First-half profit at Halfords doubled after a surge in bicycle purchases offset a softer market for motoring accessories, but the retailer opted not to declare a dividend for the period.
The group, whose shares were among the weakest performers among general retailers in 2019, has turned out to be one of the corporate winners from the Covid-19 pandemic.
Group sales in the 26 weeks to October 2 rose 9.6 per cent to £638m, with pre-tax profit doubling to £55m from £27.5m in the same period a year ago. The company’s first half included almost all of the UK’s first national lockdown but not the current four-week shutdown in England.
Cycling-related sales at Halfords’ 440 stores were up 54 per cent in the period as, helped by a government incentive scheme, British consumers turned to bikes as a way of avoiding public transport during the pandemic.
The company said trading for the first five weeks of the second half continued to be “relatively strong” and it expected “good growth” in cycling sales.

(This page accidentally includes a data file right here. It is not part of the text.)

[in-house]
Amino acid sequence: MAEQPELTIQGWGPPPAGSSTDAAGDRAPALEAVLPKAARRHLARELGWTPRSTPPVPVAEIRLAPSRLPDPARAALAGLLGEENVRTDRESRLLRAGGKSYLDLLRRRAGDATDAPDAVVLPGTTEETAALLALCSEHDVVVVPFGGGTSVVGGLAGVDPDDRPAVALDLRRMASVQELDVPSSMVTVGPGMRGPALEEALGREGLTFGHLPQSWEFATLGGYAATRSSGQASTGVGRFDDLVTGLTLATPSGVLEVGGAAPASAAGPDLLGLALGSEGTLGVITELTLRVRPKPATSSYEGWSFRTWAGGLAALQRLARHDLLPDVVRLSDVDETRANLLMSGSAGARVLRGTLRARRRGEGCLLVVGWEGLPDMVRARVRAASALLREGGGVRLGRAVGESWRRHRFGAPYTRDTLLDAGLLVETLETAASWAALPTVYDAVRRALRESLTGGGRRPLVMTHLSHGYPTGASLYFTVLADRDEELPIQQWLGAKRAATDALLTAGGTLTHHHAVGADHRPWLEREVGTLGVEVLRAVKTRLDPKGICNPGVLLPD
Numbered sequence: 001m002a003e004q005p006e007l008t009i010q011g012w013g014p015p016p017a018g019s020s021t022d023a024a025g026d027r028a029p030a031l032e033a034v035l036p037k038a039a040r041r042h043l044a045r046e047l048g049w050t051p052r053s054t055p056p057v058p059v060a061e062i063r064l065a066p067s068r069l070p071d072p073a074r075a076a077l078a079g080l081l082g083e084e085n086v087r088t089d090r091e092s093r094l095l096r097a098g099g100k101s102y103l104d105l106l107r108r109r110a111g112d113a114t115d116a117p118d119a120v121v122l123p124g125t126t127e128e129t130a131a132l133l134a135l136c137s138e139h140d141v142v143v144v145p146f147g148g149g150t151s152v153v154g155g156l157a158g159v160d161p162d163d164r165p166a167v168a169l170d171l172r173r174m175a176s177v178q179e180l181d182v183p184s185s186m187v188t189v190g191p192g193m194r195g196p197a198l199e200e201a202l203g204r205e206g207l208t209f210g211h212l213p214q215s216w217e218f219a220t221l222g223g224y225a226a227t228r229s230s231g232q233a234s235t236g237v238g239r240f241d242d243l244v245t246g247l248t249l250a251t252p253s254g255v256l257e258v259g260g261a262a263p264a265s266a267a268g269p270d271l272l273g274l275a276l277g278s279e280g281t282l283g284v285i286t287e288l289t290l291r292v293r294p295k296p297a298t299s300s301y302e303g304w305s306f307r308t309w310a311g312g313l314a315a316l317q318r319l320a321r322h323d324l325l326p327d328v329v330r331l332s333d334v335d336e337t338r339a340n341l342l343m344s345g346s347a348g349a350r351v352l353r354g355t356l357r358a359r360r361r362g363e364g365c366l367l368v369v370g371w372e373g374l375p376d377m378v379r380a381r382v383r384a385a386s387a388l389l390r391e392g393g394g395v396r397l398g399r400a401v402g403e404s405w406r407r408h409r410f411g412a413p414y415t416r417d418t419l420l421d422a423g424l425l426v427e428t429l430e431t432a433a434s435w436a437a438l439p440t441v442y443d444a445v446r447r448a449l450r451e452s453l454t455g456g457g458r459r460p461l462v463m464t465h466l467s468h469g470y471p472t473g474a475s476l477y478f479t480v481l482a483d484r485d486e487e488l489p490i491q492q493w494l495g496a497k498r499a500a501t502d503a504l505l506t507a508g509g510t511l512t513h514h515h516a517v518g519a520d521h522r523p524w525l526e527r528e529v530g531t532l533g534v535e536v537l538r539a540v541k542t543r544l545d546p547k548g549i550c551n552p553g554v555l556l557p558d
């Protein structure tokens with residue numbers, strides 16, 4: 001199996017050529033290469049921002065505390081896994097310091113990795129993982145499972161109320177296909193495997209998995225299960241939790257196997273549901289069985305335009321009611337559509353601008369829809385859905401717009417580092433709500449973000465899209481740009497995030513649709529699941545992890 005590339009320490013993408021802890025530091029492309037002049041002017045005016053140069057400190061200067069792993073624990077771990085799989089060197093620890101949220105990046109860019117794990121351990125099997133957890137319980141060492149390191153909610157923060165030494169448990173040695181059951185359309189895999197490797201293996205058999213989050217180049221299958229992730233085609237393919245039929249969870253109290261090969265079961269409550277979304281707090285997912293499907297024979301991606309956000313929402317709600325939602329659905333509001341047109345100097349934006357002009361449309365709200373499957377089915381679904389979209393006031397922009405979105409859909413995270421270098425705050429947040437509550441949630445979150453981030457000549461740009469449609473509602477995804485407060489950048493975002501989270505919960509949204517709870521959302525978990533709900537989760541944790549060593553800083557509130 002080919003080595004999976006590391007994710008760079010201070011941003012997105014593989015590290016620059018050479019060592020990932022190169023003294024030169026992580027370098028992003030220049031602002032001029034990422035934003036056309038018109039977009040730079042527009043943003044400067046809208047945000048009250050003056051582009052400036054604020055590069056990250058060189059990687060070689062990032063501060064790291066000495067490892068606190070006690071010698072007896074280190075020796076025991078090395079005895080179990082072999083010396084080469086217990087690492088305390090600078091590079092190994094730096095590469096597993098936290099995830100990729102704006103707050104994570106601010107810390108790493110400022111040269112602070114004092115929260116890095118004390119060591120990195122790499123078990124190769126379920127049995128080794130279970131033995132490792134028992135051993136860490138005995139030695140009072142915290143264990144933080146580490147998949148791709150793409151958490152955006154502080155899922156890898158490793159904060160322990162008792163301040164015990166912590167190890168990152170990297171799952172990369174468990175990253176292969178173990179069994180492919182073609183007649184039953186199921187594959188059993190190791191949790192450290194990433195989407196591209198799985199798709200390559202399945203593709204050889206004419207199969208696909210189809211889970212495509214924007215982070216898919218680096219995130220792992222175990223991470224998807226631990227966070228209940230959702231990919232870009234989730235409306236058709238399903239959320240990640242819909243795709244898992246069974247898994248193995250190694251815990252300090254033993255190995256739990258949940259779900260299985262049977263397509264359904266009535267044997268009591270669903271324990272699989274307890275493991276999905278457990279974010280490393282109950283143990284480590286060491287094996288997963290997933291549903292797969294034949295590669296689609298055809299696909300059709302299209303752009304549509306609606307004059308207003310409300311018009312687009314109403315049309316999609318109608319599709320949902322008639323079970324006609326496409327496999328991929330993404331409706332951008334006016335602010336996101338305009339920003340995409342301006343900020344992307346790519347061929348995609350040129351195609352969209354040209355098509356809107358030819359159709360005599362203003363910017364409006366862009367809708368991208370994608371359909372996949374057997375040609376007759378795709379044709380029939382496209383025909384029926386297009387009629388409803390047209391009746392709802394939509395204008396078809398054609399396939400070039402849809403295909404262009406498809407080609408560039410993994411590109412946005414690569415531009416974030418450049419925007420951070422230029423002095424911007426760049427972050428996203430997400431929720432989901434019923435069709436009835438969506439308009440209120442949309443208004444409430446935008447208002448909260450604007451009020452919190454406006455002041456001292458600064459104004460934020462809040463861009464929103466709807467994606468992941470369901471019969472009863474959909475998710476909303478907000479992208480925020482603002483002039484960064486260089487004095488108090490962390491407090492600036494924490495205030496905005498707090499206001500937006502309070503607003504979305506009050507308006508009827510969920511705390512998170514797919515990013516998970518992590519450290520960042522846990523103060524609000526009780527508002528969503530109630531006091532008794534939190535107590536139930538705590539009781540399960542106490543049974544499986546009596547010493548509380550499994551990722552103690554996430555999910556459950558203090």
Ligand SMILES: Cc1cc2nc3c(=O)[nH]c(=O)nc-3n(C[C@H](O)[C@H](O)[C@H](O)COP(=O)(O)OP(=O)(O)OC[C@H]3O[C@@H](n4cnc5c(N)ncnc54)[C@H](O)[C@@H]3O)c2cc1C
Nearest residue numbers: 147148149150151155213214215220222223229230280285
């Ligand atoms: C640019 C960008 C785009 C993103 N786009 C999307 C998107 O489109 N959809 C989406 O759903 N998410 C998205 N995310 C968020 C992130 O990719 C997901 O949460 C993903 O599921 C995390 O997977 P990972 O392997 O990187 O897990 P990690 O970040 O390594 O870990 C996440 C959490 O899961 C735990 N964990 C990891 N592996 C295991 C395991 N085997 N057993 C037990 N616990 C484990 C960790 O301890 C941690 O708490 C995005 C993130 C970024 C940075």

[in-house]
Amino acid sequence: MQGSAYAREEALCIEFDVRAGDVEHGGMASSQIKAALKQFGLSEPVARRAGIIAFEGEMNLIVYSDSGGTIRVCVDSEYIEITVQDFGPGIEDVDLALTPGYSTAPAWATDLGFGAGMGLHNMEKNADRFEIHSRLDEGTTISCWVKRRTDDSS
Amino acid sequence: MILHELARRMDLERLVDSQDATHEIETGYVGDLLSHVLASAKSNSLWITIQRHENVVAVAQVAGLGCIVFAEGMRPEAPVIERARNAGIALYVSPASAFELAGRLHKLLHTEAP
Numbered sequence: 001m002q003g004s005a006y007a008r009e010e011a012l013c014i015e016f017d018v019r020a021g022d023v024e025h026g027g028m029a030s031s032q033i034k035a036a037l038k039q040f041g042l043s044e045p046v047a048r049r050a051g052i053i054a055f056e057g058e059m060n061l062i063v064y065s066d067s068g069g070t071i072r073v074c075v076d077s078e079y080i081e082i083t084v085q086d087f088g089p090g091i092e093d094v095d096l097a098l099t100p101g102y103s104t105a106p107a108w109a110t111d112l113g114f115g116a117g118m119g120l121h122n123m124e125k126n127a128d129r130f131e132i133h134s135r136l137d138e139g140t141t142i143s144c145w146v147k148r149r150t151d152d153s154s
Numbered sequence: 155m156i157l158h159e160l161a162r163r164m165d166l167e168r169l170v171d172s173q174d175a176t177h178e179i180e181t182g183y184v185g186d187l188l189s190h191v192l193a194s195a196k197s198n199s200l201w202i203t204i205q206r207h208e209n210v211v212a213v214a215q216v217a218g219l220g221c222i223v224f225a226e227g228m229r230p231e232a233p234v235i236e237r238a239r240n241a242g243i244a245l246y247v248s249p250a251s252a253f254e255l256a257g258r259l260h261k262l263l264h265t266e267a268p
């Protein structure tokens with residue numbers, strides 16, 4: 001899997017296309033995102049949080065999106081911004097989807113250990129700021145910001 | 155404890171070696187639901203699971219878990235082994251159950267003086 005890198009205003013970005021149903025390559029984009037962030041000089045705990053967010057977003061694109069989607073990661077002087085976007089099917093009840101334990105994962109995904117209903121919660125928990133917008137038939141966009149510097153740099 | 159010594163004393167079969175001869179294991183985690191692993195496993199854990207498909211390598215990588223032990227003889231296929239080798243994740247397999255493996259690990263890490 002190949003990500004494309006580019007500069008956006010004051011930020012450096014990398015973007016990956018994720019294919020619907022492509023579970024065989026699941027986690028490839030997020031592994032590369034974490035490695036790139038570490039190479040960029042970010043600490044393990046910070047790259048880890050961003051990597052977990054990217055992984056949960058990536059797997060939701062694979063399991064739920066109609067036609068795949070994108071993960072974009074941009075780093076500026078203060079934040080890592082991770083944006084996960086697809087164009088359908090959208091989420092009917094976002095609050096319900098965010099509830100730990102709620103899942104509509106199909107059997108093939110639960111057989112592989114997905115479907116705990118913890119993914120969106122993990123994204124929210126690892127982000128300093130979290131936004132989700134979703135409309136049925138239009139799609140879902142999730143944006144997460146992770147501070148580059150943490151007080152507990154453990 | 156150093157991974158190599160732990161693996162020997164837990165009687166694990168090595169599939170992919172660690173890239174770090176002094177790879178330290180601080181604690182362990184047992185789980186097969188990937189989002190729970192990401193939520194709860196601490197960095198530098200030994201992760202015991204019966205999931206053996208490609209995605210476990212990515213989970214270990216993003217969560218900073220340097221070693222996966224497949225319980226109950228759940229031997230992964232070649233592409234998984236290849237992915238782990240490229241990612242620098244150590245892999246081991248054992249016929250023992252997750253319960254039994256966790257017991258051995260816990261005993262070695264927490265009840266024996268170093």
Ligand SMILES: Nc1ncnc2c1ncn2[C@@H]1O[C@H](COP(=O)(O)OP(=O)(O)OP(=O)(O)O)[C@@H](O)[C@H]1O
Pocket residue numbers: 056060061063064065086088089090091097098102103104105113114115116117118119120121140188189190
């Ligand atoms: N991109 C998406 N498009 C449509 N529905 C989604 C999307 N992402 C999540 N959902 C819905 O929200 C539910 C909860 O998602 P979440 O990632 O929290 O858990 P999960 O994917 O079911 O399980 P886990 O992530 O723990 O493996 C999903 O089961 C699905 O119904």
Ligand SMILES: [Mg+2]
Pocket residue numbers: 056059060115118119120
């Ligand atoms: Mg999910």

Motoring has been more difficult. During the first lockdown, car traffic fell to as low as a fifth of normal levels and the government allowed a grace period on the roadworthiness test that UK vehicles older than three years must take each year.
As a result, retail motoring sales fell 23 per cent although revenue in the service-led Autocentre business grew 38 per cent. There was strong demand for its mobile service, which dispatches mechanics in a fleet of 105 vans to fix cars at customers’ homes.
Electric mobility was a big factor across both sectors, with sales of e-bikes rising 184 per cent and the number of hybrid car services performed up 78 per cent.
Halfords will train another 100 technicians in electric vehicle servicing and repair. It said the UK needed to double the number of technicians it trained each year in order to service and repair the estimated 11m electric vehicles that would be on the roads by 2030, after the government indicated it would ban sales of new petrol and diesel cars by that date.
The company did not make forecasts for the full year, saying it remained “cautious” about the impact of the current lockdown in England and the uncertainty over the UK’s Brexit transition period.
“Unlike the previous lockdown, we have been able to plan and mitigate against some of this risk early,” it said.